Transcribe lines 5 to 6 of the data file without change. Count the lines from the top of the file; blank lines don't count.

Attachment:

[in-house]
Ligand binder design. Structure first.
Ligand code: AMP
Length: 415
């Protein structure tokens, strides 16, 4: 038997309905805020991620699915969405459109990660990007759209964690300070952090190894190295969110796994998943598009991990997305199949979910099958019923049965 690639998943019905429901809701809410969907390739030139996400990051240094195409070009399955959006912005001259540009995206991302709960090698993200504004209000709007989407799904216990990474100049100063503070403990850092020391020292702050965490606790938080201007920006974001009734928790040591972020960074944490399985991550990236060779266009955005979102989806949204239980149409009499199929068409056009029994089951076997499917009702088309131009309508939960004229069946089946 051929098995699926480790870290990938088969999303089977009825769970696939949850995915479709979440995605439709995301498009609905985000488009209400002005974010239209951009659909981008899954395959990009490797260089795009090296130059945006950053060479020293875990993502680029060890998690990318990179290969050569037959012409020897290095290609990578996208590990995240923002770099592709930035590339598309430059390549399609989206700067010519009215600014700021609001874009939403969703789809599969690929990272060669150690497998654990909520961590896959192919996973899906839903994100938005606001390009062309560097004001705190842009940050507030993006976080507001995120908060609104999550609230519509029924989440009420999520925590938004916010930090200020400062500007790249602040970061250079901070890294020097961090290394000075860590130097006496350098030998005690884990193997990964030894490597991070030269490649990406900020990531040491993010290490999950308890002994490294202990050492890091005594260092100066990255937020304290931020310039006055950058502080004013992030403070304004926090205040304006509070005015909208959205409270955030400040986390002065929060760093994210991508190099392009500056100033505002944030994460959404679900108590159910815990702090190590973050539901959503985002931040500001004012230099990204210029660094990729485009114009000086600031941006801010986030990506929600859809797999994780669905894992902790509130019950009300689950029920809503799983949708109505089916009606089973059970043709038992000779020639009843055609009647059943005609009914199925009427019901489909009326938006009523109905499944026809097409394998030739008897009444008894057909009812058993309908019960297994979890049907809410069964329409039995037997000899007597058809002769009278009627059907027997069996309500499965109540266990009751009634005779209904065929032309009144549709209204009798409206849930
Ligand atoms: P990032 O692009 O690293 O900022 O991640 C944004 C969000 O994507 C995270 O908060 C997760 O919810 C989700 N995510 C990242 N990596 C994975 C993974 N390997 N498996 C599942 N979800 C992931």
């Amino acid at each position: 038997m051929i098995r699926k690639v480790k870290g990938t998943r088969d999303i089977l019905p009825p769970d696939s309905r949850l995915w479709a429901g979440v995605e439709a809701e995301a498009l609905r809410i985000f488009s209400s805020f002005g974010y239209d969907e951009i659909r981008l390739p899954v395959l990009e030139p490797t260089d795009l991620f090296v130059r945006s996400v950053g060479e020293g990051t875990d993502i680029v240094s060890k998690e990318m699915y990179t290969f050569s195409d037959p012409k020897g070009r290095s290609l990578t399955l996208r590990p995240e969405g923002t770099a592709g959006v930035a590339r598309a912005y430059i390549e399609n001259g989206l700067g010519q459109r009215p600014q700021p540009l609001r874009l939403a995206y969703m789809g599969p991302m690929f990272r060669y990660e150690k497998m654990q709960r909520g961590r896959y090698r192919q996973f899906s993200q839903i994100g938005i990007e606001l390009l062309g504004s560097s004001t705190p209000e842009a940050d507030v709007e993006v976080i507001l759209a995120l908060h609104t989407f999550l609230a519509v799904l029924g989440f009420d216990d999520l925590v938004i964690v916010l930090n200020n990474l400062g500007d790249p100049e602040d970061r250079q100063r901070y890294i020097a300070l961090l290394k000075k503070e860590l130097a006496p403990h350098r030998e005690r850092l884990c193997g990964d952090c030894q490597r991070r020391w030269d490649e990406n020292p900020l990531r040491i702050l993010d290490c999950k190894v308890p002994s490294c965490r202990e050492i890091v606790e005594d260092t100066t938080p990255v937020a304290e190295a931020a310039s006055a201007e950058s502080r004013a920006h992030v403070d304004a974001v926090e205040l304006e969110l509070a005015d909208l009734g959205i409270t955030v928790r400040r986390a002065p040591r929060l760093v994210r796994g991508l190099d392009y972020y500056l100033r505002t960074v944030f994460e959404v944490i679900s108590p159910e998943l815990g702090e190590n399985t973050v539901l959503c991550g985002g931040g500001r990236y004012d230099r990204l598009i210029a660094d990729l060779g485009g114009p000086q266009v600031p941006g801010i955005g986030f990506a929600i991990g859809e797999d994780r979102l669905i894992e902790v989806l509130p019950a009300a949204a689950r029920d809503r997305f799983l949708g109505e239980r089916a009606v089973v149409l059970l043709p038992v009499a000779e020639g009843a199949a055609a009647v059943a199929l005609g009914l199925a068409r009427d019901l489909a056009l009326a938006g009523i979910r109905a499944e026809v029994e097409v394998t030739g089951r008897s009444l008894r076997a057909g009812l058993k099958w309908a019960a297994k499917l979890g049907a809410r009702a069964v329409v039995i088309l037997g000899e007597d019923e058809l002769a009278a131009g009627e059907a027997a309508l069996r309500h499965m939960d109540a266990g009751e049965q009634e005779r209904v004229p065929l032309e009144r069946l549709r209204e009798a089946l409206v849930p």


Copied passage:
């Protein structure tokens, strides 16, 4: 038997309905805020991620699915969405459109990660990007759209964690300070952090190894190295969110796994998943598009991990997305199949979910099958019923049965 690639998943019905429901809701809410969907390739030139996400990051240094195409070009399955959006912005001259540009995206991302709960090698993200504004209000709007989407799904216990990474100049100063503070403990850092020391020292702050965490606790938080201007920006974001009734928790040591972020960074944490399985991550990236060779266009955005979102989806949204239980149409009499199929068409056009029994089951076997499917009702088309131009309508939960004229069946089946 051929098995699926480790870290990938088969999303089977009825769970696939949850995915479709979440995605439709995301498009609905985000488009209400002005974010239209951009659909981008899954395959990009490797260089795009090296130059945006950053060479020293875990993502680029060890998690990318990179290969050569037959012409020897290095290609990578996208590990995240923002770099592709930035590339598309430059390549399609989206700067010519009215600014700021609001874009939403969703789809599969690929990272060669150690497998654990909520961590896959192919996973899906839903994100938005606001390009062309560097004001705190842009940050507030993006976080507001995120908060609104999550609230519509029924989440009420999520925590938004916010930090200020400062500007790249602040970061250079901070890294020097961090290394000075860590130097006496350098030998005690884990193997990964030894490597991070030269490649990406900020990531040491993010290490999950308890002994490294202990050492890091005594260092100066990255937020304290931020310039006055950058502080004013992030403070304004926090205040304006509070005015909208959205409270955030400040986390002065929060760093994210991508190099392009500056100033505002944030994460959404679900108590159910815990702090190590973050539901959503985002931040500001004012230099990204210029660094990729485009114009000086600031941006801010986030990506929600859809797999994780669905894992902790509130019950009300689950029920809503799983949708109505089916009606089973059970043709038992000779020639009843055609009647059943005609009914199925009427019901489909009326938006009523109905499944026809097409394998030739008897009444008894057909009812058993309908019960297994979890049907809410069964329409039995037997000899007597058809002769009278009627059907027997069996309500499965109540266990009751009634005779209904065929032309009144549709209204009798409206849930
Ligand atoms: P990032 O692009 O690293 O900022 O991640 C944004 C969000 O994507 C995270 O908060 C997760 O919810 C989700 N995510 C990242 N990596 C994975 C993974 N390997 N498996 C599942 N979800 C992931």